Intel IOT development kit content

    In February, I wrote about the Yocto build for Galileo gen1 , which makes development a bit easier for Galileo. Almost a year has passed since then, and Galileo began to have followers - Galileo gen2 , Edison . About Edison (already two months on sale ), you need to write separately, the same post about Intel IOT Development Kit.


    Of the glands on my desktop (sorry for the mess), it is compatible with Galileo gen1, gen2 and Edison.
    From December 2013 to October 2014 I was the architect of this product, and now I will describe how the project progressed, what has already happened, and what is planned.

    Why did we all start this? The native (from the creators of the platform) Yocto build for Galileo should fit in 8 MB, and therefore uses uClibc. Even if booting from an 8GB SD-card. Also, it is sharpened, mainly for programming only through the Arduino IDE. However, Galileo is not only an Arduino Uno compatible board, but also a computer, comparable to the staff of fifteen years ago in performance, but with support for modern peripherals. Therefore, it is very logical to maximally facilitate its programming as a Linux computer with PC and Arduino peripherals.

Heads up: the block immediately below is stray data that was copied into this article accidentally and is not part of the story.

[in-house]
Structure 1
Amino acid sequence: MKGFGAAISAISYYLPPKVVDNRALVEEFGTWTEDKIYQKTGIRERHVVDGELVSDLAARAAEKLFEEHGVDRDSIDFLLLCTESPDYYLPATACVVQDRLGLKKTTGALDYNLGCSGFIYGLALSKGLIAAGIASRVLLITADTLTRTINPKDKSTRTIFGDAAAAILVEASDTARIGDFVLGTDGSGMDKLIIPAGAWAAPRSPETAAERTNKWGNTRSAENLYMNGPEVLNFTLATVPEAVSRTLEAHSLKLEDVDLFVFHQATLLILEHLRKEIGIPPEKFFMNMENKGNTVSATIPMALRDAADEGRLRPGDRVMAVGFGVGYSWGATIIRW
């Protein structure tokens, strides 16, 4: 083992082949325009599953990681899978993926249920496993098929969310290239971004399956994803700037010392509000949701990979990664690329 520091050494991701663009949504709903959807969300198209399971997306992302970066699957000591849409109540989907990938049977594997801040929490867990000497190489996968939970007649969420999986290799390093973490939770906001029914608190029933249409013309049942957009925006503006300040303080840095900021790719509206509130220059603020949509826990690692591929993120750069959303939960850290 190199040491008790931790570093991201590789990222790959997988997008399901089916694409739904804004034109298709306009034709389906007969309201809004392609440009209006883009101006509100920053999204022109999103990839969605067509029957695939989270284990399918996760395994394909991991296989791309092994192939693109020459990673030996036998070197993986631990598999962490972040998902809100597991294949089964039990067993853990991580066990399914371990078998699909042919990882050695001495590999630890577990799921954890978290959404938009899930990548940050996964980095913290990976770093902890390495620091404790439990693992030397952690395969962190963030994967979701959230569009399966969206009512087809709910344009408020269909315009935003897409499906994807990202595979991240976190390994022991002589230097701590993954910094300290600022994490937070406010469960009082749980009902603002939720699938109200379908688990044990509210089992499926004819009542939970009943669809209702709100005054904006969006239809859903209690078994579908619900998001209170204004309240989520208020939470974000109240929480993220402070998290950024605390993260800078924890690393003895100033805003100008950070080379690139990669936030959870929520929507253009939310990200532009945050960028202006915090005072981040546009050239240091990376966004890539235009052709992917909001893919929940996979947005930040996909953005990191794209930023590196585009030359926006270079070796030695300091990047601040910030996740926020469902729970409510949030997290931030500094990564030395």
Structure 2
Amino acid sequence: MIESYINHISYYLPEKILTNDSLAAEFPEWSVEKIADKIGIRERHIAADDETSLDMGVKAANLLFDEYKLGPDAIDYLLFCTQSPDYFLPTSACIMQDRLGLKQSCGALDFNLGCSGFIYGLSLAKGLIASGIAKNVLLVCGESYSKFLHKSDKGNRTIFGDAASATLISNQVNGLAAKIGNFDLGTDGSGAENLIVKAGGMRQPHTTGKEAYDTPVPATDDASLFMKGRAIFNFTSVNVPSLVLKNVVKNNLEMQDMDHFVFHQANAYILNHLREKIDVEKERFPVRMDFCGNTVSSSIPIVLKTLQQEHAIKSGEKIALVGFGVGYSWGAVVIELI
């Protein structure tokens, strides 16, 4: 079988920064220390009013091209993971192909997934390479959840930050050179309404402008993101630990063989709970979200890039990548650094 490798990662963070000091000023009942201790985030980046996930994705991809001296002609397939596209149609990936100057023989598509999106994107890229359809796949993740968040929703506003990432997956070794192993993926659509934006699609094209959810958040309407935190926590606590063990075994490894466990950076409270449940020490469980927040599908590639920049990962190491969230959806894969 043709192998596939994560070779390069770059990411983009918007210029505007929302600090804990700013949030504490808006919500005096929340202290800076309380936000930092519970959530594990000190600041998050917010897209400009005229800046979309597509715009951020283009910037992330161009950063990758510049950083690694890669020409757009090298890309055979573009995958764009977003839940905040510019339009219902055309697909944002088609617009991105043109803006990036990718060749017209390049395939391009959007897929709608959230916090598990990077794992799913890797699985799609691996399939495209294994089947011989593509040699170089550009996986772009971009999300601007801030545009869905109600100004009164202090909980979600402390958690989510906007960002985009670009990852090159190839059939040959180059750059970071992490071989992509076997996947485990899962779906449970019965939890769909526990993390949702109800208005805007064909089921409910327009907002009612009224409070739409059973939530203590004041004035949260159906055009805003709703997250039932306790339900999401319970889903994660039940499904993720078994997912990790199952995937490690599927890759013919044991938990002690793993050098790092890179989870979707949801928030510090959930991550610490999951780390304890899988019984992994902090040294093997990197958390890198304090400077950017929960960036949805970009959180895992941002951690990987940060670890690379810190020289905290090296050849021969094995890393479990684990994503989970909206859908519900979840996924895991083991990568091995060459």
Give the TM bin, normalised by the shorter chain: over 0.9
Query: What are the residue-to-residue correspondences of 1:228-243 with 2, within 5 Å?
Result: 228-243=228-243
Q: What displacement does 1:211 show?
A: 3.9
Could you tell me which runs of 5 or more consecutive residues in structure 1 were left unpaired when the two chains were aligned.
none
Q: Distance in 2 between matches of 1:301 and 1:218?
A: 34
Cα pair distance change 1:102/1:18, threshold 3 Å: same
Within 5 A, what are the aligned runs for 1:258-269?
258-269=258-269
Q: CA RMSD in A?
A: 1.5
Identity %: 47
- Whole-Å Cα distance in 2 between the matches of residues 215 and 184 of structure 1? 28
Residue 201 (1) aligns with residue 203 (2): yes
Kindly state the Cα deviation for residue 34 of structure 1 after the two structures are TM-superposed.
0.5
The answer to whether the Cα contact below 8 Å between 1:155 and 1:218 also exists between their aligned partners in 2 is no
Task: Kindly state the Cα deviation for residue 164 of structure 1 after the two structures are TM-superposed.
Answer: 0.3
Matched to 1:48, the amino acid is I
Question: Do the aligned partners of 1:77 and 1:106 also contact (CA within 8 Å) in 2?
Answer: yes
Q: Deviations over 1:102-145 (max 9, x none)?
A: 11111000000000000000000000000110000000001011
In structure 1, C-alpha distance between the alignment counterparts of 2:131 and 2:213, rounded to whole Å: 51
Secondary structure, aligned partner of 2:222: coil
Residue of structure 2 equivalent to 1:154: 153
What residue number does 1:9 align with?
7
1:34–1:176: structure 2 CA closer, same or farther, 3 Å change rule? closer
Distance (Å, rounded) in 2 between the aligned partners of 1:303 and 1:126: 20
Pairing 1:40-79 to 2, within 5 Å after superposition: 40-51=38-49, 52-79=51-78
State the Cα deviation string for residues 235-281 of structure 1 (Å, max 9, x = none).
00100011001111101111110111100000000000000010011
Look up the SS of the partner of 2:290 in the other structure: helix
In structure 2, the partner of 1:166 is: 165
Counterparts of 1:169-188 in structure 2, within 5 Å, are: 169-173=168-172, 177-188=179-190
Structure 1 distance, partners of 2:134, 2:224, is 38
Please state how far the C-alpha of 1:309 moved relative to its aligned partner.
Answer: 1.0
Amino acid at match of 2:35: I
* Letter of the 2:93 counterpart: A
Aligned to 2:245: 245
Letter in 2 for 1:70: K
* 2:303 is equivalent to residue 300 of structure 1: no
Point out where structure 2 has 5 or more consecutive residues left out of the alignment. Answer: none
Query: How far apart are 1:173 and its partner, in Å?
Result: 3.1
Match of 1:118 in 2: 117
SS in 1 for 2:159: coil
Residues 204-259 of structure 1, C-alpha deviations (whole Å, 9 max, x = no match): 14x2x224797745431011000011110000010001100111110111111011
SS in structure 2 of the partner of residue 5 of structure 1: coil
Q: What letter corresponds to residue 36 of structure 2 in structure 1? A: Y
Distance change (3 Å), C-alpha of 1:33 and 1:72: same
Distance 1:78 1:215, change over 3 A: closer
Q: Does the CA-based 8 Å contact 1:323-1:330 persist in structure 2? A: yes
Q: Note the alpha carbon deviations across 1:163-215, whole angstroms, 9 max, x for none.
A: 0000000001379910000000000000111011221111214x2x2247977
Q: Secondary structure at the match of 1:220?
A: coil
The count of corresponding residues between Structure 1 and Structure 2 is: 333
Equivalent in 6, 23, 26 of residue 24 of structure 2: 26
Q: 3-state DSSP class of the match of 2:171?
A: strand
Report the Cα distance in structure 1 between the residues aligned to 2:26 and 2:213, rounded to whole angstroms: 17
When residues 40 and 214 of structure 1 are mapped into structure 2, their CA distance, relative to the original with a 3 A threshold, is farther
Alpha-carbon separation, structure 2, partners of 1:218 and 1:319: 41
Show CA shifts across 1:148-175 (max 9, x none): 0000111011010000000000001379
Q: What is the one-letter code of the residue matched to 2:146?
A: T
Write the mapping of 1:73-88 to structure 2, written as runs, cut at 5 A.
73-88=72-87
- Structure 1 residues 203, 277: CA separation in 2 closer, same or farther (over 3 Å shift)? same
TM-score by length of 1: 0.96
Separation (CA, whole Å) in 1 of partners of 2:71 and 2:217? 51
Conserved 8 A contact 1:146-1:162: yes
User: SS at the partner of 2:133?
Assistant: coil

Therefore, we started by creating the Yocto 1.6 build , which includes development tools, libraries, and drivers from popular peripherals. Out of the box you can write in C / C ++, Python, Node.JS, shell. Disk imageit weighs only 200 MB, but there is still a multi -gigabyte repository for opkg from which you can install several thousand more packages you need (if you have a large enough SD-Card for the / root file system). Compared to the February alpha, the current build loads 3 times faster, despite a bunch of new services in the download. And just systemd instead of sysvinit.

    In order to maintain compatibility with the Arduino IDE, the disk image includes both uclibc and eglibc. Unfortunately, therefore, it’s impossible to get any useful libraries out of sketches, and you have to use IPC .